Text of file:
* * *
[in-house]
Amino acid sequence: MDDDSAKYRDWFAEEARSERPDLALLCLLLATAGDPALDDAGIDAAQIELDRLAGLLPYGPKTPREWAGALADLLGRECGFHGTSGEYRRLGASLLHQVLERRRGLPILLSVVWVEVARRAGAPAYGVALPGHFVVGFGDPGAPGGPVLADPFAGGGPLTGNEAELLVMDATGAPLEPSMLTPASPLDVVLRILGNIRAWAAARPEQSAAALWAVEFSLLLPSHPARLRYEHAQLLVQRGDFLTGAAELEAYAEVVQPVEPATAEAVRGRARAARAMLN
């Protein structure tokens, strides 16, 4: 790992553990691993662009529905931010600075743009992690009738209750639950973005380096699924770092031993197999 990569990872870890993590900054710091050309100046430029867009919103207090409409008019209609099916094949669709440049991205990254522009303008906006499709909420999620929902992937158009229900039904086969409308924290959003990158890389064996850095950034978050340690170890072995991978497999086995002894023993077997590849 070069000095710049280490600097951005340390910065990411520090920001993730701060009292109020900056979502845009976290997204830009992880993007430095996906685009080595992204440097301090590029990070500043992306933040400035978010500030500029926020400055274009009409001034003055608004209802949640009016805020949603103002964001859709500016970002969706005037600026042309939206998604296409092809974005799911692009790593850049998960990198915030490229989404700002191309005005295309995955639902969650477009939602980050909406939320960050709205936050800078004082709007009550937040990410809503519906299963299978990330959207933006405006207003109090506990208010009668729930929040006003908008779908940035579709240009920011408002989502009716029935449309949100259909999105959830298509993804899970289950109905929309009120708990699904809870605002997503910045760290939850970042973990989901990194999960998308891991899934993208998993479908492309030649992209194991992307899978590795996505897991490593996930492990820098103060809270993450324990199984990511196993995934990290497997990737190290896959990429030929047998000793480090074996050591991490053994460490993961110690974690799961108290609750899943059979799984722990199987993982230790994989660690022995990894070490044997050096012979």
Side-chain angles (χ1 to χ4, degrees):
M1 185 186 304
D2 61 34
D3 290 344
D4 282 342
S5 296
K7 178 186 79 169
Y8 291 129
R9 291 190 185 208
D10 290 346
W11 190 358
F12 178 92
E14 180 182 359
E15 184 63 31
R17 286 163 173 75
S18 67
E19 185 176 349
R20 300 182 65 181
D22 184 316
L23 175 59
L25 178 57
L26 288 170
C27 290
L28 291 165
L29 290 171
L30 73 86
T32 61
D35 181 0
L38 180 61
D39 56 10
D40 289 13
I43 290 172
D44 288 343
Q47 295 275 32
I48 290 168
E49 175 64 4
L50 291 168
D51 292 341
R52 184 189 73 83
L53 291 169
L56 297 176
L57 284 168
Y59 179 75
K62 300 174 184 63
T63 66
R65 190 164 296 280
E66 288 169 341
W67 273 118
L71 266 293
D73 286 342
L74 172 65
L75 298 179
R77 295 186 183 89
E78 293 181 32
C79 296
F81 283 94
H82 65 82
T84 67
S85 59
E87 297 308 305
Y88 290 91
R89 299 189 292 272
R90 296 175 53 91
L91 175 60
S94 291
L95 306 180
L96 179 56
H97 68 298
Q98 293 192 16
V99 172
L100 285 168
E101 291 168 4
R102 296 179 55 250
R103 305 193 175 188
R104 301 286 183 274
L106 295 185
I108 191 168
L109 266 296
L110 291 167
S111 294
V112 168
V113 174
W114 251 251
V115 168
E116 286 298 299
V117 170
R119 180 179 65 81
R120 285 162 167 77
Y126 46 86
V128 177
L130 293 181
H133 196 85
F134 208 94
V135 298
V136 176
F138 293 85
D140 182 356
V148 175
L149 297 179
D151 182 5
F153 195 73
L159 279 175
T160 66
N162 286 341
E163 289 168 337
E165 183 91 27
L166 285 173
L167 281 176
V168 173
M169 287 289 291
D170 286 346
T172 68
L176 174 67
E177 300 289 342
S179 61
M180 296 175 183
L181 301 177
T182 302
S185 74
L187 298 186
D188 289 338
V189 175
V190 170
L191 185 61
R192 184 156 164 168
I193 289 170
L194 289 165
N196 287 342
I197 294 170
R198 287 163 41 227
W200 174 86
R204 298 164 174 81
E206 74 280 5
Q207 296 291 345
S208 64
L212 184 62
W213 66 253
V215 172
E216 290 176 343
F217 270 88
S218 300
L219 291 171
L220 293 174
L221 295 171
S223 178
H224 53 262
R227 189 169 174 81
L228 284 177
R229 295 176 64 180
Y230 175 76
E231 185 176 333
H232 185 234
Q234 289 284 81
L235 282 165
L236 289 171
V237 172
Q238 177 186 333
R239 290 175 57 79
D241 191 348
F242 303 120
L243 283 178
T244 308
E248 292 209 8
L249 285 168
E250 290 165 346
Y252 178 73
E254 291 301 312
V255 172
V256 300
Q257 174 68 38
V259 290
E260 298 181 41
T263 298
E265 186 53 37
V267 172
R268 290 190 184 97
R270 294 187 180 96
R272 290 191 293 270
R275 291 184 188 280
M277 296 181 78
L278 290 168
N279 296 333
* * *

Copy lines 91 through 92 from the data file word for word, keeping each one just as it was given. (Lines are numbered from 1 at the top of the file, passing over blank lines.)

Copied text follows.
R120 285 162 167 77
Y126 46 86